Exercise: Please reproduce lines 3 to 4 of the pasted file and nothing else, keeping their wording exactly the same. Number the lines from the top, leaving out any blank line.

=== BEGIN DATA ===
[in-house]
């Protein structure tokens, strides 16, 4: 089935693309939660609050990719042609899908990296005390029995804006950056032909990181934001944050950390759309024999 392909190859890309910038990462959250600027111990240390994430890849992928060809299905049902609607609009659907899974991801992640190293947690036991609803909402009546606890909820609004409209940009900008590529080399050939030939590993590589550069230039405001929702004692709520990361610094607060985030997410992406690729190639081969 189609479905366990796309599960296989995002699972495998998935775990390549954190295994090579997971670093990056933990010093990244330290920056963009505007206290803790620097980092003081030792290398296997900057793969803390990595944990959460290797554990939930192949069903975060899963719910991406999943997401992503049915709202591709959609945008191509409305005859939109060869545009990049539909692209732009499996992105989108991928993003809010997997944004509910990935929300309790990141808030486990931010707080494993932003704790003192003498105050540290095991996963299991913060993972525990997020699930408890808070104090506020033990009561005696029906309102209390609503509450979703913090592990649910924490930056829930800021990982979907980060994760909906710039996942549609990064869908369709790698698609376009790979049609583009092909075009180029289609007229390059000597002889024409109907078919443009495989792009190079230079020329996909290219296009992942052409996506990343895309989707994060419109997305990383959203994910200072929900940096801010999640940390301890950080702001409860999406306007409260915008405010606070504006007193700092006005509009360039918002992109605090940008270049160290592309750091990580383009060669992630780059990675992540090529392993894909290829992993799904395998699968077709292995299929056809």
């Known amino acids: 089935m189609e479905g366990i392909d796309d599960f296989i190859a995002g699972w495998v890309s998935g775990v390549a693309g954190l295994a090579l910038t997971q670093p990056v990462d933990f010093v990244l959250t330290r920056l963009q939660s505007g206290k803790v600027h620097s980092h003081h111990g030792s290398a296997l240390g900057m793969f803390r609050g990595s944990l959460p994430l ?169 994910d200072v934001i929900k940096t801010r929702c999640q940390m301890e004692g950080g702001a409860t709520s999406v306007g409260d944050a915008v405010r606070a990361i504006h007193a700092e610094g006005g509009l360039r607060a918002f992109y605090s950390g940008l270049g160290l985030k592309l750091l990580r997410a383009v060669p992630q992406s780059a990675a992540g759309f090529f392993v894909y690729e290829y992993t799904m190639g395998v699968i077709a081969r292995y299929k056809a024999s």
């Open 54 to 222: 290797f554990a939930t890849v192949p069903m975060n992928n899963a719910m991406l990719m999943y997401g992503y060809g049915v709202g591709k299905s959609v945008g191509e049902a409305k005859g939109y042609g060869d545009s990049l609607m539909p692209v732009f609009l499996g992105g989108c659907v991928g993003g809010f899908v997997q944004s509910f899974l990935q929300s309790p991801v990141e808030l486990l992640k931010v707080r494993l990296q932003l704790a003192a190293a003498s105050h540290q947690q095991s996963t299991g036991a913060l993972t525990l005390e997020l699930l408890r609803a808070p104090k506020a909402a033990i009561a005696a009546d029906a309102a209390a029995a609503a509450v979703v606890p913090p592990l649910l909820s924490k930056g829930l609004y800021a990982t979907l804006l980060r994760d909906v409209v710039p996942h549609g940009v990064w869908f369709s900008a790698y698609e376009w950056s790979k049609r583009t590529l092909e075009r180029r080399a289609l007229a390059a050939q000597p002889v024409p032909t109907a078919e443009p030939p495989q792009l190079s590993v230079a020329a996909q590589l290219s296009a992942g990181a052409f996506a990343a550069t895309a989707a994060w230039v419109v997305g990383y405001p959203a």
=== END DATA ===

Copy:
């Known amino acids: 089935m189609e479905g366990i392909d796309d599960f296989i190859a995002g699972w495998v890309s998935g775990v390549a693309g954190l295994a090579l910038t997971q670093p990056v990462d933990f010093v990244l959250t330290r920056l963009q939660s505007g206290k803790v600027h620097s980092h003081h111990g030792s290398a296997l240390g900057m793969f803390r609050g990595s944990l959460p994430l ?169 994910d200072v934001i929900k940096t801010r929702c999640q940390m301890e004692g950080g702001a409860t709520s999406v306007g409260d944050a915008v405010r606070a990361i504006h007193a700092e610094g006005g509009l360039r607060a918002f992109y605090s950390g940008l270049g160290l985030k592309l750091l990580r997410a383009v060669p992630q992406s780059a990675a992540g759309f090529f392993v894909y690729e290829y992993t799904m190639g395998v699968i077709a081969r292995y299929k056809a024999s």
């Open 54 to 222: 290797f554990a939930t890849v192949p069903m975060n992928n899963a719910m991406l990719m999943y997401g992503y060809g049915v709202g591709k299905s959609v945008g191509e049902a409305k005859g939109y042609g060869d545009s990049l609607m539909p692209v732009f609009l499996g992105g989108c659907v991928g993003g809010f899908v997997q944004s509910f899974l990935q929300s309790p991801v990141e808030l486990l992640k931010v707080r494993l990296q932003l704790a003192a190293a003498s105050h540290q947690q095991s996963t299991g036991a913060l993972t525990l005390e997020l699930l408890r609803a808070p104090k506020a909402a033990i009561a005696a009546d029906a309102a209390a029995a609503a509450v979703v606890p913090p592990l649910l909820s924490k930056g829930l609004y800021a990982t979907l804006l980060r994760d909906v409209v710039p996942h549609g940009v990064w869908f369709s900008a790698y698609e376009w950056s790979k049609r583009t590529l092909e075009r180029r080399a289609l007229a390059a050939q000597p002889v024409p032909t109907a078919e443009p030939p495989q792009l190079s590993v230079a020329a996909q590589l290219s296009a992942g990181a052409f996506a990343a550069t895309a989707a994060w230039v419109v997305g990383y405001p959203a």